Of all the counties hit by cuts in state aid, Anne Arundel was the only one to absorb the cuts by redoing its entire budget process.
County officials say the method was time-consuming but worth the effort.
"I think it's the fairest way," said county Budget Officer Steve Welkos. "It's not just containing costs, it's opening the process to the County Council and the public."
The process is also thorough. The revised budget is 127 pages long and includes hundreds of lines of budget reductions.
The cuts range from a $40 cut in meal money for Public Works engineers to $13,000 saved by closing Quiet Waters Park on Mondays in winter and $100,000 cut from the proposed East-West Boulevard.
The county saved $20.8 million overall, including $6.1 million in wage concessions.
The County Council is expected to approve a revised fiscal 1992 budget today.
"We tried to scrape the barrel as much as possible," Welkos said. "There are some things that haven't been scraped, but we may have another round of cuts coming from the state."
If the state cuts another $5 million in aid to AnneArundel, Welkos said county officials are considering deleting 15 vacant police officer positions, among other cuts.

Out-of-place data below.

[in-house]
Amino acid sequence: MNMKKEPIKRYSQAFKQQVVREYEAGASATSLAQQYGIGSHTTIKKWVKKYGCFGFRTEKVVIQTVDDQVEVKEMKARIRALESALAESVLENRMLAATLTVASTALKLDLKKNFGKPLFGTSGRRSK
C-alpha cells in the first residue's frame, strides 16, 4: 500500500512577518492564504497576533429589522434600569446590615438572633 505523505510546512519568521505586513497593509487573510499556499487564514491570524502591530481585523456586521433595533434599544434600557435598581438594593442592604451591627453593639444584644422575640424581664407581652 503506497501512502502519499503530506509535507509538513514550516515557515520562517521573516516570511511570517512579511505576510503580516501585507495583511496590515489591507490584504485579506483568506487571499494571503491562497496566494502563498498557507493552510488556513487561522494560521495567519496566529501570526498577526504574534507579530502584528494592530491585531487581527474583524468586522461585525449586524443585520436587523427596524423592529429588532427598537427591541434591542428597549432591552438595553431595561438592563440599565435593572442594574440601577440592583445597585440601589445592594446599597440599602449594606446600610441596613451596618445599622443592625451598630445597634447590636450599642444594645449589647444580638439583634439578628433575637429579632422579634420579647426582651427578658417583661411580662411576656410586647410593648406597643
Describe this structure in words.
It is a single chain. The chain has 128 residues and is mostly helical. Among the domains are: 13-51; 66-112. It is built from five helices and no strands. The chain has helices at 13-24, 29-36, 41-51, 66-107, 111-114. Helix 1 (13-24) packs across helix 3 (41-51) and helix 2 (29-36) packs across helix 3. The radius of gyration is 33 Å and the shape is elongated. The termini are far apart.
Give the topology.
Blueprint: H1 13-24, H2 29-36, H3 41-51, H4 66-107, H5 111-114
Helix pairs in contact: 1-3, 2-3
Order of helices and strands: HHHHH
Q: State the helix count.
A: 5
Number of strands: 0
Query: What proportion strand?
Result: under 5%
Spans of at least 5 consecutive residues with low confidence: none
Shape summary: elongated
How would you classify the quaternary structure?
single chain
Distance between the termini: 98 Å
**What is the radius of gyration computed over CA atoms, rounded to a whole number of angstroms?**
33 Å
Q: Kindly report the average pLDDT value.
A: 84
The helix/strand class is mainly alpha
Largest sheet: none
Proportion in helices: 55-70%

Welkos said the cuts will have some effect on services. For example, firefighter positions left vacant means that several fire engine companies will be staffed with three firefighters instead of the required four or five. That means more trucks may have to respond to emergencies to get the proper number of firefighters to the scene.
"That's not necessarily the most efficient thing," Welkos said.
Other cuts have come from simply deferring expenditures, like the purchase of three new ambulances for $180,000. "Eventually, those things are going to have to be funded," he said.
But much of the savings was achieved by tightening every category in every subdepartment of the county bureaucracy, including meals, travel, lodging, equipment, supplies, periodicals, training and meetings.
Welkos said each department chief was told to cut his or her department by roughly 2 percent. County Executive Robert R. Neall made few changes to his department chiefs' spending plans.
"He wanted to let department heads tell him where to cut to havethe least effect on services," Welkos said.
Does the exercise confirm the suspicions of taxpayers' groups, who have long held the county budget is awash in fat?
"Fat's in the eye of the beholder," Welkos said. "As painful as this recession is, this exercise makes us get down to the nitty-gritty and decide what our mission really is. Services would be a little bit better if we could use some of these funds, but I think the process overall helps government focus on what we really need to do."